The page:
Sharp Journalism Seminar students at William & Mary shared insights from their year-long research and writing journeys to an audience of more than 40 students, staff and faculty March 26 in the Grimsley Board Room. 

Shradha Dinesh
Dinesh is investigating rising sea levels and their impact on communities in Norfolk, Virginia. (Courtesy photo)

The four-credit, two-semester seminar, which is a partnership between the Charles Center and the Pulitzer Center, serves as William & Mary’s incubator for investigative reporting.  Undergraduates receive close mentorship from Pulitzer Center-sponsored journalists as they learn and practice how to write for a broad audience about important topics of their choosing.

Shradha Dinesh ’24, a data science and self-designed political journalism double-major who first learned about the Sharp seminar while in high school, discussed her reporting on rising sea levels and their impact on communities in Norfolk, Virginia. 

“Every story, even one on as big a topic as climate change, becomes a local story, and my reporting in Norfolk helped me see how rising waters are affecting real people — their lives, where they live, and the quality of their neighborhoods,” Dinesh said.

In the first semester of the seminar, students learn the nuts and bolts of journalism and begin focusing on a topic to investigate in depth. Over winter break, students take their interviewing and reporting skills on location for a first-hand perspective funded through the seminar.

Tuinman traveled to the Bahamas to report on economic burdens of the climate crisis. (Photo by Hannah Tuinman)

In the spring semester, students develop and craft their stories for a public audience. Because W&M is part of the Pulitzer Center’s Campus Consortium network, students’ stories are eligible to be published on the Pulitzer website each spring.

Charles Center research awards enable Sharp fellows to travel locally and globally over winter break to investigate and report on their topics.  The range of travel for this year’s cohort is perhaps the most diverse in the program’s history, ranging from Greece and Japan to California and Washington, D.C.

For Hannah Tuinman ‘25, the Sharp Seminar was a horizon-expanding experience. Using her Sharp travel grant, Hannah visited Abaco in the northern Bahamas. There, she reported on how international corporations and governments attempt (and often fail) to address the economic burdens of the climate crisis.

Hoang traveled to Philadelphia to report on a proposed development near Chinatown. (Photo by Vivian Hoang)

With this grant, Tuinman was able to “speak with a range of local people who had different experiences and perspectives such as residents, business owners, educators, and local politicians,” she said.

“My trip to Abaco significantly broadened my perspective on the economic, social, and political implications of large-scale hurricanes for a small island nation,” Tuinman concluded.

Vivian Hoang ‘24 echoed how the Sharp seminar exposed her to new ways of thinking. Her reporting took her to Philadelphia, where she investigated the ways in which a proposed arena threatened to displace local residents and businesses in the city’s historic Chinatown.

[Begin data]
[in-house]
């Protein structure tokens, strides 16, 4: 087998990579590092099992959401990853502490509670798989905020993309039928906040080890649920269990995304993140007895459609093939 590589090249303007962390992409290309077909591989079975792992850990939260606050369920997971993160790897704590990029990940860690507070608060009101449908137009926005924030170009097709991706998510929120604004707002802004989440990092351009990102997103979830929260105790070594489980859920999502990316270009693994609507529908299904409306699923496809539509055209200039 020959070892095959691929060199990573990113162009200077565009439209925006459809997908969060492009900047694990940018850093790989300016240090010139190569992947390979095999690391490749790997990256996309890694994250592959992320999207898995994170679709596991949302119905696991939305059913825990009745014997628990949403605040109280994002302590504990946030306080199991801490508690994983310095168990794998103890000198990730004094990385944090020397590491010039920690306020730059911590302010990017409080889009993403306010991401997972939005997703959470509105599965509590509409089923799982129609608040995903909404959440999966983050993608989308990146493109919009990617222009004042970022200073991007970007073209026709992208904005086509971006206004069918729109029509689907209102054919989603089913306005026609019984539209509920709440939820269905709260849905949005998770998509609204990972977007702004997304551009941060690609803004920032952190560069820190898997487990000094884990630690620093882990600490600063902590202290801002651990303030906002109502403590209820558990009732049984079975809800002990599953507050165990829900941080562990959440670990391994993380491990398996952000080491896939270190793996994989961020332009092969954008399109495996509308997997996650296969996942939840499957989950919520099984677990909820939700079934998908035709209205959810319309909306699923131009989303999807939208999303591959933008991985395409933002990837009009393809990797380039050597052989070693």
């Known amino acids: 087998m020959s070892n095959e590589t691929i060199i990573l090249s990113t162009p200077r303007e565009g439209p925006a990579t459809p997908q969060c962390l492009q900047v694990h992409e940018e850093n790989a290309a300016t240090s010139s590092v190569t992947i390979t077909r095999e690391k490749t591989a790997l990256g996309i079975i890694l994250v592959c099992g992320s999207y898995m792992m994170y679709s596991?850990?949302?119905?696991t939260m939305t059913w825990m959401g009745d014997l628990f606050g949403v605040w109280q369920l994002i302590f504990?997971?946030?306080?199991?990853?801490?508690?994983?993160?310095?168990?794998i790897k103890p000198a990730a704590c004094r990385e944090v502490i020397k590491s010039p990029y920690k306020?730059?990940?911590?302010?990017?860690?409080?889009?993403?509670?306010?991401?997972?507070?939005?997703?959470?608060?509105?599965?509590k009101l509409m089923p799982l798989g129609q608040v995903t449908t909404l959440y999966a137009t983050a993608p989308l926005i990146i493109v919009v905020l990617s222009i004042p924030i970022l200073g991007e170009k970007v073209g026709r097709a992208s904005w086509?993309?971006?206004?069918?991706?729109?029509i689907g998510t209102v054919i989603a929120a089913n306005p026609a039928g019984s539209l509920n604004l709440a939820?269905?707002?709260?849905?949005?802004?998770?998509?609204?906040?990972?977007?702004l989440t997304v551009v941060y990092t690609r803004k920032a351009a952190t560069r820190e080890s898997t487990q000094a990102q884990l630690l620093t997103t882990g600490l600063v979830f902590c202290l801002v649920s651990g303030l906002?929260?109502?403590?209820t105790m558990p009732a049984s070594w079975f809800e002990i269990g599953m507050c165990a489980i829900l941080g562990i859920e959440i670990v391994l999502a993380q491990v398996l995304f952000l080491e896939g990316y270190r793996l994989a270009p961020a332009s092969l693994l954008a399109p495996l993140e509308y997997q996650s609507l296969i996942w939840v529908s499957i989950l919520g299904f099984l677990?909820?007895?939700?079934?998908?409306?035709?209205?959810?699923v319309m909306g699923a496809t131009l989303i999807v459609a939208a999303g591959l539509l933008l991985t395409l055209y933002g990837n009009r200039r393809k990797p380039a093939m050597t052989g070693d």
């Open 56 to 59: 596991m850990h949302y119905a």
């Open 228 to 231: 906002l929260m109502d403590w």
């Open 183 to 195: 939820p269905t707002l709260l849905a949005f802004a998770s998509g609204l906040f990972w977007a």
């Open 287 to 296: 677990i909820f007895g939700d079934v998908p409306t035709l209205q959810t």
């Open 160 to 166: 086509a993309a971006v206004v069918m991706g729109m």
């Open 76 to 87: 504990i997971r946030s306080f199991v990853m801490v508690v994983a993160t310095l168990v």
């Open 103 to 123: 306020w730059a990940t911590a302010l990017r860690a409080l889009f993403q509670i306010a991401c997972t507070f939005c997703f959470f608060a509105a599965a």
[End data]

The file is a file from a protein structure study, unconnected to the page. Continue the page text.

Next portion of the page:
“Thanks to funding from the Charles Center, I was able to stay in a hotel that was only a 5-minute walk from Chinatown and fully immerse myself in the neighborhood to get a firsthand feel for the community and its members,” Hoang explained.

Two metal planters sit on a brick driveway and under palm trees
Devendorf traveled to San Francisco, where she reported on hostile architecture, property rights, and housing development. (Photo by Sarah Devendorf)

“I went on an in-depth walking tour with two local activists and interviewed local business owners, all of whom added the very necessary human emotion and color to my story as I sought to uplift and portray their full stories,” Hoang said. “The fabric of my story would not have been complete without directly going to their community, hearing their voices, and seeing the places they lived and worked.”

For many students, the Sharp Seminar provided an invaluable immersion into the theory behind journalistic writing, as well as its practice.

Sarah Devendorf ‘25 used her travel grant to visit San Francisco, where she reported on hostile architecture, property rights and housing development. She noted that “despite the fact that the Sharp Seminar is a very independent research experience, we got a lot of one-on-one time with professional journalists in the field.”

A person shakes their hair while playing a guitar
Stillwell reported on the road with emerging transgender punk bands touring from Washington, D.C., to Pennsylvania. (Photo by Faith Stillwell)

From the numerous professionals engaged with the seminar, Devendorf remarked that she “learned so much about how to conduct journalism in the real world, and it opened my eyes to many post-grad career options that I never considered before. We received lots of applicable and transferable information about writing for a lay audience. I learned much about how to represent sources honestly and effectively in journalistic writing.”  

Faith Stillwell ‘24 reported on the road with emerging transgender punk bands touring from Washington, D.C., to Pennsylvania.

From these experiences, Stillwell learned “how integral human connection is to journalism. Interviews aren’t just about information, but people, and it was deeply moving for me to be able to have such raw, powerful conversations about the lives and passions of those I talked to.”

The Sharp Seminar was established through a generous gift from Anne and Barry Sharp in 2010.